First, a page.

Since tcp packet marshaling is the major bottleneck in this type of performance benchmark, writes with synchronous replication do not perform as well as reads; As a (very) general rule, write operations with synchronous replication have half the throughput (double the packets) and twice the latency (double the hops) of read operations.

September 10, 2012 | Unregistered CommenterRussell Sullivan

Several in memory databases (VoltDB, MemSQL, Redis) support replication and disk based persistence. Aerospike supports replication and disk based persistence according to their docs. They also support larger than memory working sets where indexes fit in memory.

The huge speed gain for an in memory database is mostly from eliminating random reads that cause all kinds of issues when you want to do hundreds of thousands of queries/sec per node. There is nothing particularly slow about persistence, especially when you are logging asynchronously to query execution.

Flash mitigates the random read issue to a certain extent but doesn't solve the concurrency issues (exacerbated by transaction support) created by disk based data structures that typically assume that they will store data sets that are larger than memory.

September 10, 2012 | Unregistered CommenterAriel Weisberg

Aerospike has two different configuration modes. The first is the 100% in-memory mode used to boast the 1M TPS on $5K hardware. The second is a SSD optimized mode where indexes are kept in memory and data is kept on SSD. SSDs are very strong at random reads, but writing to them and maintaining peak performance (especially as the months go by) requires specially optimized software.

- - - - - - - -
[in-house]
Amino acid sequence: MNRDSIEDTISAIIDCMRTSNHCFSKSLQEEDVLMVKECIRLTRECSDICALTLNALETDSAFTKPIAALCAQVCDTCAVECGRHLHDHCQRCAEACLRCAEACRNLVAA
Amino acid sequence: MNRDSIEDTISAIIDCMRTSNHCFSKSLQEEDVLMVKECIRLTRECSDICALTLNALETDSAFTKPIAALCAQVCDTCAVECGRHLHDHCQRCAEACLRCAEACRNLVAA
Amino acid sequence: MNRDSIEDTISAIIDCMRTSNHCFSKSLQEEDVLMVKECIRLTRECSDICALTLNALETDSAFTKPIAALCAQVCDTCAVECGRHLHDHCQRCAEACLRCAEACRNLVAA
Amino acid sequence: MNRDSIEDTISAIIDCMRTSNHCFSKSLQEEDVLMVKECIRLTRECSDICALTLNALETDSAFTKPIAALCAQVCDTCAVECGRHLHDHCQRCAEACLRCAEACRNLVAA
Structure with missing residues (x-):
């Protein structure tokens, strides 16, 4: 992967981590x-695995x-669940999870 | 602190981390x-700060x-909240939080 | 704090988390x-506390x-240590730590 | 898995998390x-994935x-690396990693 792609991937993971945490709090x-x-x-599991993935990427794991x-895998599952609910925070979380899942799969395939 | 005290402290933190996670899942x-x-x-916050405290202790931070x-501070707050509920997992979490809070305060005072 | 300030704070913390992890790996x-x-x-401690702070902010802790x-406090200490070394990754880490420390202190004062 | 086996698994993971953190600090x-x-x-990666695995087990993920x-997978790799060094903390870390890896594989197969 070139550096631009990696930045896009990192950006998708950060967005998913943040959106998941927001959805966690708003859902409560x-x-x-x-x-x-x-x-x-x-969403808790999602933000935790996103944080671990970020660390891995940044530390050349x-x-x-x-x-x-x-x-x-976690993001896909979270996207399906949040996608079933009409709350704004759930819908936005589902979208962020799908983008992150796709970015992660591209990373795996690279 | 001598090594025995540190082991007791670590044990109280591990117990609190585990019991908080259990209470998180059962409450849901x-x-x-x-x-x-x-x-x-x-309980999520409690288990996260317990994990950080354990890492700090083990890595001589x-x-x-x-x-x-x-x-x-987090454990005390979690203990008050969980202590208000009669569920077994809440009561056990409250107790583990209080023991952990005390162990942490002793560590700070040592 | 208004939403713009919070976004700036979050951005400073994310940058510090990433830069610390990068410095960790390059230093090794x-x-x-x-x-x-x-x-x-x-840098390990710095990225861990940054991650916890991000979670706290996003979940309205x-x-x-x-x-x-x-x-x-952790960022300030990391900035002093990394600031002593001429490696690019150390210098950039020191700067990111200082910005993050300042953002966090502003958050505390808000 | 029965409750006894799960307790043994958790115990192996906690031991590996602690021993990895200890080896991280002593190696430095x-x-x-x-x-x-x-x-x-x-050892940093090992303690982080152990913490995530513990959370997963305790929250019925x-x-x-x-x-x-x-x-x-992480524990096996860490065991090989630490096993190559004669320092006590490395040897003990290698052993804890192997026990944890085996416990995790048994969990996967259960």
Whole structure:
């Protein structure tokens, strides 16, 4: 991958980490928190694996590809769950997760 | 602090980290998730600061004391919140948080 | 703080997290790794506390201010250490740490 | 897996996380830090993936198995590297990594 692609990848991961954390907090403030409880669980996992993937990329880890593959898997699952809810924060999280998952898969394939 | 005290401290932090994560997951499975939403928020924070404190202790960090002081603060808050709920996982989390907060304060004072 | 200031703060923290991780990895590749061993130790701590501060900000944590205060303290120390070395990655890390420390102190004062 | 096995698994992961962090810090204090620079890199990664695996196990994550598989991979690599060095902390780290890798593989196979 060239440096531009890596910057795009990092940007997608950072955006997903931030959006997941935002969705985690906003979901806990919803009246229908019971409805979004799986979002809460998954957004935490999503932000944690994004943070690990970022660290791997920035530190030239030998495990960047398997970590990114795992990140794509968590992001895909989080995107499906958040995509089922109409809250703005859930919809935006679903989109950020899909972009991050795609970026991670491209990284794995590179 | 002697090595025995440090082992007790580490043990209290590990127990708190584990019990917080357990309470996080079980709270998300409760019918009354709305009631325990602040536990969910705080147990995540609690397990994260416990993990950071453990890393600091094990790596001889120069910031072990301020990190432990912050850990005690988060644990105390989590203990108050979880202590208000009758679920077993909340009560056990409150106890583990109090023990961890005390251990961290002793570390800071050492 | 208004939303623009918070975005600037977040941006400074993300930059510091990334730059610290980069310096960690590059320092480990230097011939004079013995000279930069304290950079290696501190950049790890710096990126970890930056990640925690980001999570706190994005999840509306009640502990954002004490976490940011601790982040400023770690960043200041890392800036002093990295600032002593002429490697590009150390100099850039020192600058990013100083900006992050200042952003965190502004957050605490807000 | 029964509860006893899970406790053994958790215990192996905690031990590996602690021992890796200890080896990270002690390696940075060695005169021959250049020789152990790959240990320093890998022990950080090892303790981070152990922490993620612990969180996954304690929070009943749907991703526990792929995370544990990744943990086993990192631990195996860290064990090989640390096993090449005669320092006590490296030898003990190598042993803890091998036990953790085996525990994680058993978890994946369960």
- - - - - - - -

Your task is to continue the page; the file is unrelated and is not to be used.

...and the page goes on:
Aerospike has invested a huge amount of effort on optimizations focusing on writing to SSDs and maintaining consistent read/write speeds over time.
SSD benchmark speeds can be found in the second box, here. This topic has tons of technical details and definitely warrants its own blog post, so I will get on that :)

September 10, 2012 | Unregistered CommenterRussell Sullivan

Thank you. Very interesting reading. CitrusLeaf does not support range queries?

September 11, 2012 | Unregistered CommenterVladimir Rodionov

Everything I see online says that IRQ affinity to a group of CPUs *hurts* performance, but this article implies the opposite. Having all CPUs perform IRQ processing seems to be the recommendation.

September 11, 2012 | Unregistered CommenterJeremy Wilson

>> Thank you. Very interesting reading. CitrusLeaf does not support range queries?